Another pair of cycling jeans

I’ve made a lot of jeans since I started sewing 14 years ago. I remember I made my first pair before we even bought the boat, which would put them back in 2006 or 2007, and I really haven’t stopped since! I’ve probably made at least 10-15 pairs over the years, with various patterns and weights of denim, but my most recent pair with cycling-specific adaptations have been one of my favourites, so I wanted to have another pair of those in my wardrobe.

The majority of my jeans over the years have been made with Ditto Fabrics’ super freaking amazing Italian denims, and this traditional, non-stretch, dark dye was bought when I last visited their shop in December. It’s no coincidence that we’ve got another trip to Brighton planned in a few weeks so I can restock then…

2nd cycling jeans - turning

2nd cycling jeans - hands in pockets

I feel like I’ve said just about everything that can be said about sewing jeans over the years, so I’ll just keep this to the New and Essential info. The only real new part to this pair is that I used the leftover Liberty lawn from my recent Donna Karan shirt to line the waistband, pockets, and make the fly shield, so there’s a nice hint of luxury just for me.


I made the same cycling adjustments as in my previous pair of jeans – namely, lengthening the back rise, adding knee pleats, and lengthening the legs. My only change here was to topstitch an inch or so along the knee pleats to reinforce these. Otherwise, they work great, and allow me to easily cycle around town without having to hike up my jeans from the thighs at the red lights.


jeans - cycling knee pleats inside

2nd cycling jeans - foot up

See? Easy knee movements! Thanks, pleats!

Essential tips learned over the years:

  • Use Gutermann Upholstery thread, NOT topstitching thread, but use regular thread in the bobbin – keep the thick stuff to the needle only
  • I prefer bronze thread (Gutermann No448) for topstitching, as the gold looks too bright yellow IMHO
  • Life is too short for cheap rivets. Omg, buy from Junior’s daughter, they will change your jeans-sewing life. And trim the nail before hammering.
  • Having two machines – one for construction, threaded in navy, and one for topstitching, threaded in bronze – will save your sanity. My vintage hand-crank Singer does abso-freaking-lutely beautiful topstitching.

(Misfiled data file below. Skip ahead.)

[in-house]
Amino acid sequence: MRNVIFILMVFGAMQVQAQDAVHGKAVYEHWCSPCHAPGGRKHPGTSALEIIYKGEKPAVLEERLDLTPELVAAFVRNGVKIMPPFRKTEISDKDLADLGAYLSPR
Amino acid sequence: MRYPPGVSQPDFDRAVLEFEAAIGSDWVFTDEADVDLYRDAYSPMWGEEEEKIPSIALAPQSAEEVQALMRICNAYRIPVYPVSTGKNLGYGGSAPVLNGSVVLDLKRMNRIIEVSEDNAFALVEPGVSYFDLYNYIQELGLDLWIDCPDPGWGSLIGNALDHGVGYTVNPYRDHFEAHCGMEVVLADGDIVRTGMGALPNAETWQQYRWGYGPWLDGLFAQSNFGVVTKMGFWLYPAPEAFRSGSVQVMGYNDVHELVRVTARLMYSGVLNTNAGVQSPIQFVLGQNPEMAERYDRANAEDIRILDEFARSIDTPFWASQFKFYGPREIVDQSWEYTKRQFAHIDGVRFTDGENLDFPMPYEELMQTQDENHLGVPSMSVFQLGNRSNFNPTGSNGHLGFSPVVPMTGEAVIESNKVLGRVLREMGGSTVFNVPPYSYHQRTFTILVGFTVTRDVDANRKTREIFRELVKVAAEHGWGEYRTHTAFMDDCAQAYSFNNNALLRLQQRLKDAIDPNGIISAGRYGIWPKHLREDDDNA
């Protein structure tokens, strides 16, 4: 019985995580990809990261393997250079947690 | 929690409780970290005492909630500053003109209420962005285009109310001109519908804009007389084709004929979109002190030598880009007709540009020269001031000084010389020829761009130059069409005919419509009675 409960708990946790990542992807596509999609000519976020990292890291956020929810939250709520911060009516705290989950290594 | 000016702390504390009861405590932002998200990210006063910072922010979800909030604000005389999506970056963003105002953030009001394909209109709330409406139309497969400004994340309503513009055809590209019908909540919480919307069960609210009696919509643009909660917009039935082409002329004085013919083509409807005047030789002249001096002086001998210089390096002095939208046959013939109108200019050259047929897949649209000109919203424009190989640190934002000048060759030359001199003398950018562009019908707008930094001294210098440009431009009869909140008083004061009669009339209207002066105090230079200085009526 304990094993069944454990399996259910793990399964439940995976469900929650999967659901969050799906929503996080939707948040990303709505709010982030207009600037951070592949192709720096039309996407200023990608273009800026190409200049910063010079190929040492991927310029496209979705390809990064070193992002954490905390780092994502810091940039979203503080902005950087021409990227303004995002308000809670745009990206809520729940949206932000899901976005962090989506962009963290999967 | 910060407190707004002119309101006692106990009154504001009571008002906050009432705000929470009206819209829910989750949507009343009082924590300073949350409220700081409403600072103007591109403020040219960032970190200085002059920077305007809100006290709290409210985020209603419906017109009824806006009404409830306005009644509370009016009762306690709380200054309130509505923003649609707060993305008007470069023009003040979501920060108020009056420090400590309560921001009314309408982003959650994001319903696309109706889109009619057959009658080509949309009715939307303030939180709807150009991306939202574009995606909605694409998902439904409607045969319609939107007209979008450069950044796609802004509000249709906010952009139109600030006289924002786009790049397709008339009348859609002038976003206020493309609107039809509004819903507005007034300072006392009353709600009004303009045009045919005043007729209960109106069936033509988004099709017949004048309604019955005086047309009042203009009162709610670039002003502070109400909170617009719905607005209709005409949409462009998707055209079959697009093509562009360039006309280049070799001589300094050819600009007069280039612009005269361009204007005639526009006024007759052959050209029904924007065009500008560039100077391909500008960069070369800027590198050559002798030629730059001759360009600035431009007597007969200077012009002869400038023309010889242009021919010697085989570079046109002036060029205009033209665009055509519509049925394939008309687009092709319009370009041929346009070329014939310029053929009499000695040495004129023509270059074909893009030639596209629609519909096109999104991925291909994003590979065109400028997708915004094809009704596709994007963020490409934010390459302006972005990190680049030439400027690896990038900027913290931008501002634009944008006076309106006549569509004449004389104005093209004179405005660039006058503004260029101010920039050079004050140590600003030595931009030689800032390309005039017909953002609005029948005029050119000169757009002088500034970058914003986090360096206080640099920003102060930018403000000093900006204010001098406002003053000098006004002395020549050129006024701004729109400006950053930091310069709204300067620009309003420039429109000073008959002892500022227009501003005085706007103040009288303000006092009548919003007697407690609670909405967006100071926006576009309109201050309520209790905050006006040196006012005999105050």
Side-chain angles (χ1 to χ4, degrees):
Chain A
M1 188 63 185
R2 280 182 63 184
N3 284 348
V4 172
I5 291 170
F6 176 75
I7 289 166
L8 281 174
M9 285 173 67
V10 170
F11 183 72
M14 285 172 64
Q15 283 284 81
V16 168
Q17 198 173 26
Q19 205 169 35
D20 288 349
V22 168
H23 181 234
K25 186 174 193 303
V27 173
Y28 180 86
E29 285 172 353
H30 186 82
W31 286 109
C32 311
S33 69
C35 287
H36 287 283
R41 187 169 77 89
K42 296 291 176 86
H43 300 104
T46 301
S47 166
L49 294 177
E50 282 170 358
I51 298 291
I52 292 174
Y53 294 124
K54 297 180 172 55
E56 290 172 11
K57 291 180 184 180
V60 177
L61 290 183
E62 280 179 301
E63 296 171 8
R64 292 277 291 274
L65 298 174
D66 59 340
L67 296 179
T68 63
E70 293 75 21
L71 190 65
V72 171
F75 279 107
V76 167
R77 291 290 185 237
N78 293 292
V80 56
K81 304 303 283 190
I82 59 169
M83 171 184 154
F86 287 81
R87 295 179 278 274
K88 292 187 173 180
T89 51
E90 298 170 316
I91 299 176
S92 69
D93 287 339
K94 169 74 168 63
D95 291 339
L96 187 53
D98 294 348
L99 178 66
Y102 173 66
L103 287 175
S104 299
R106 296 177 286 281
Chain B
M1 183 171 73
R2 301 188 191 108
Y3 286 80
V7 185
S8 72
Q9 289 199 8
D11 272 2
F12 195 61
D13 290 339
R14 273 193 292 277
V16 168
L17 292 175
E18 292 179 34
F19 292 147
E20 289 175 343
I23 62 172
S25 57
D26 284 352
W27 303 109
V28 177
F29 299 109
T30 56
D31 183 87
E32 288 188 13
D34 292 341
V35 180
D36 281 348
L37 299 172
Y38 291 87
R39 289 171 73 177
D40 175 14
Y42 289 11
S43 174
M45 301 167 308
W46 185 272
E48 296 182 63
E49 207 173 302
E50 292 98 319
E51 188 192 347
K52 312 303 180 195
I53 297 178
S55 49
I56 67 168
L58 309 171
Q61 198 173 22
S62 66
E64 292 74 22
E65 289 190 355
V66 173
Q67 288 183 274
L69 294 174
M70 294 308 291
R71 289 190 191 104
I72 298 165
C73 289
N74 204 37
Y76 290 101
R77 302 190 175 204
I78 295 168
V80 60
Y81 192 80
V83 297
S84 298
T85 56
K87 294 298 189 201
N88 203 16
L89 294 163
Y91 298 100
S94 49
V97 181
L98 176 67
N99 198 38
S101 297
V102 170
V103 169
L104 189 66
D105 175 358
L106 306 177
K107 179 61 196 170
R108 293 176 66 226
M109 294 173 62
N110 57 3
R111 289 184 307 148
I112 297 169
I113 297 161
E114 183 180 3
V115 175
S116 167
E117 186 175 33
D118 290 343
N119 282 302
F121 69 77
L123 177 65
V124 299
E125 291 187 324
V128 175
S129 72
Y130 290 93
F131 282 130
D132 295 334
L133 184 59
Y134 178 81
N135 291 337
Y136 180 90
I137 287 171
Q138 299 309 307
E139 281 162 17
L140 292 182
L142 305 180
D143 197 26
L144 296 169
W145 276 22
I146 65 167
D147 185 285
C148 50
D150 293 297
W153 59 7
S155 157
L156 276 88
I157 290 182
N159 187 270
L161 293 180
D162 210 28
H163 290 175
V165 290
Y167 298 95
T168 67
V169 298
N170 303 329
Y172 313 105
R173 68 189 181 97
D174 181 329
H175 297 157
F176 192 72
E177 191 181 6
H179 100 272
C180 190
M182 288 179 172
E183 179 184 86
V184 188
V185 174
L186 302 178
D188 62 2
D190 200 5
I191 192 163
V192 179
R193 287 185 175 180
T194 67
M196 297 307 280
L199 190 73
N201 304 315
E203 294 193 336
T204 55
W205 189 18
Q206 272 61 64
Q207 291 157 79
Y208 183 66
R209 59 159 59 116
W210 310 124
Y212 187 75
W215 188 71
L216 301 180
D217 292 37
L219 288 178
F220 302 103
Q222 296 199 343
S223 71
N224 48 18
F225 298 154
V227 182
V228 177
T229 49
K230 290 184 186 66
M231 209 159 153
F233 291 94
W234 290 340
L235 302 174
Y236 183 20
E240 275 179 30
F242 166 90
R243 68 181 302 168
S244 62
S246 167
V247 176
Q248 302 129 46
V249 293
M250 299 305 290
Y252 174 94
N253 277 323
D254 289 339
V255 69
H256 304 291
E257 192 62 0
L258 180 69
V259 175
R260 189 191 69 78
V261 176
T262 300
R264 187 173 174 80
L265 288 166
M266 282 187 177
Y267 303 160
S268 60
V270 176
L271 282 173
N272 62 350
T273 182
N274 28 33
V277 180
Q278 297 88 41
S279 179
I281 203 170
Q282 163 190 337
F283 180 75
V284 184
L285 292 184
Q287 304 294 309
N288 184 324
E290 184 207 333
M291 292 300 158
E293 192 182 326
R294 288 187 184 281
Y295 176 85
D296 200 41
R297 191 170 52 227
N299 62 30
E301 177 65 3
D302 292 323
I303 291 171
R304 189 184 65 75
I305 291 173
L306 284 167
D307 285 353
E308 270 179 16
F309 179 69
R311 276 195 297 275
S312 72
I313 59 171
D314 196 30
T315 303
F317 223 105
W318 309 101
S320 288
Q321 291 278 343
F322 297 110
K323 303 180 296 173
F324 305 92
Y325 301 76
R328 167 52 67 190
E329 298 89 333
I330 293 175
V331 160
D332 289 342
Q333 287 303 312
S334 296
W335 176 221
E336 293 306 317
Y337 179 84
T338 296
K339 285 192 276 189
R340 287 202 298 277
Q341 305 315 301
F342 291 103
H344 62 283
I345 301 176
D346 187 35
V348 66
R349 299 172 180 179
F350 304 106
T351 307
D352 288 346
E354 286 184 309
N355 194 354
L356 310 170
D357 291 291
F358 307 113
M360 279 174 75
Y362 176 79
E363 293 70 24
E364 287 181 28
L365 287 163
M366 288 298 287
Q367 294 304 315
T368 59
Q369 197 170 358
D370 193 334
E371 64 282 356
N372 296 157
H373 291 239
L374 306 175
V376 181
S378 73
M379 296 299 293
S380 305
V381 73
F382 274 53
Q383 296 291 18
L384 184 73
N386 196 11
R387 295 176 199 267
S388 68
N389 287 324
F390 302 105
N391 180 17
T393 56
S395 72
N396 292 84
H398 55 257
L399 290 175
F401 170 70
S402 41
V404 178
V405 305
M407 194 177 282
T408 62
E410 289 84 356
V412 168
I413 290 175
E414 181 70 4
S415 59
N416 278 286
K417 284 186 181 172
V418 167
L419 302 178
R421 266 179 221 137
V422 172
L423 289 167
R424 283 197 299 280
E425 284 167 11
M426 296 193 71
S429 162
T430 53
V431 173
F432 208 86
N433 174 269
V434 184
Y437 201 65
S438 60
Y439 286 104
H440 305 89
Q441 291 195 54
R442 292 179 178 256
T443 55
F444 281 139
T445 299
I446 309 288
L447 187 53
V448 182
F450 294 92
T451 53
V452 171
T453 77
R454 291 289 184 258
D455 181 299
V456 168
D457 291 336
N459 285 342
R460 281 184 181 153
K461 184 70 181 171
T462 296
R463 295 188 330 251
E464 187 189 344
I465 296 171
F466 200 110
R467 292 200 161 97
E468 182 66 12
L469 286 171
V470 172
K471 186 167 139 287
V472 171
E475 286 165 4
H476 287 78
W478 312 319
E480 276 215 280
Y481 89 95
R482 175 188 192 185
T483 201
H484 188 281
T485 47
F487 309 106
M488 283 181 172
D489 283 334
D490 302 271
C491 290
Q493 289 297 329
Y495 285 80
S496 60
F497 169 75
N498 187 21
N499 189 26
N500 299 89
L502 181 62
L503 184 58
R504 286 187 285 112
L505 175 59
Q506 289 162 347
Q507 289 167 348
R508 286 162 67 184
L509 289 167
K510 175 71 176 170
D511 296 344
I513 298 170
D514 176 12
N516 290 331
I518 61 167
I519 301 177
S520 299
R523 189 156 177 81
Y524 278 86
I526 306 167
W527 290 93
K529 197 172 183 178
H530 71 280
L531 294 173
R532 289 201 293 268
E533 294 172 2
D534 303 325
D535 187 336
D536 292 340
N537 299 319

• jeans vintage buttonholer

  • Stick with a fly-front technique you can remember. Loads of people go on about Sandra Betzina’s method, but for the life of me, I couldn’t quite internalise it without re-watching the video each time. I tried Burda’s method, and I just got it for some reason. Now I can sew a fly-front without even thinking about it.
  • Pre-wash your denim at least 2-3 times before cutting it, as it will shrink the first few times, and more in the length than across the grain.
  • Aim for your jeans to fit a little bit too tight – think “just washed jeans”. This means that as they loosen up when you wear them, they won’t end up too big (which eluded me for quite some time!)

jeans - fly with tailors shears


This pair is a mismatch of an old Burda pattern, which has been morphed and changed around so much that the crotch curve is probably the only original thing left on it, so I opted to consider it more “self-drafted” and put a blue label on it.

2nd cycling jeans - side looking away

2nd cycling jeans - side view


Also, you might recognise the ombré teeshirt here that I made earlier this summer!

2nd cycling jeans - back view

2nd cycling jeans - back pocket detail

I’m away in Berlin this week so please forgive any delays in responding to emails or approving comments!


Add Yours
  1. 1

    You are reminding me that I have to make another pair of jeans…
    And I wish I had two sewing machines to switch between sewing and topstitching. The re-threading drives me crazy but there is just not enough room on my sewing table on try out my grandmother’s antique.
    And I might try and use your knee pleat arrangement for my next pair of climbing trousers, the little darts I put in the old ones are just too small (I always cycle in regular clothes).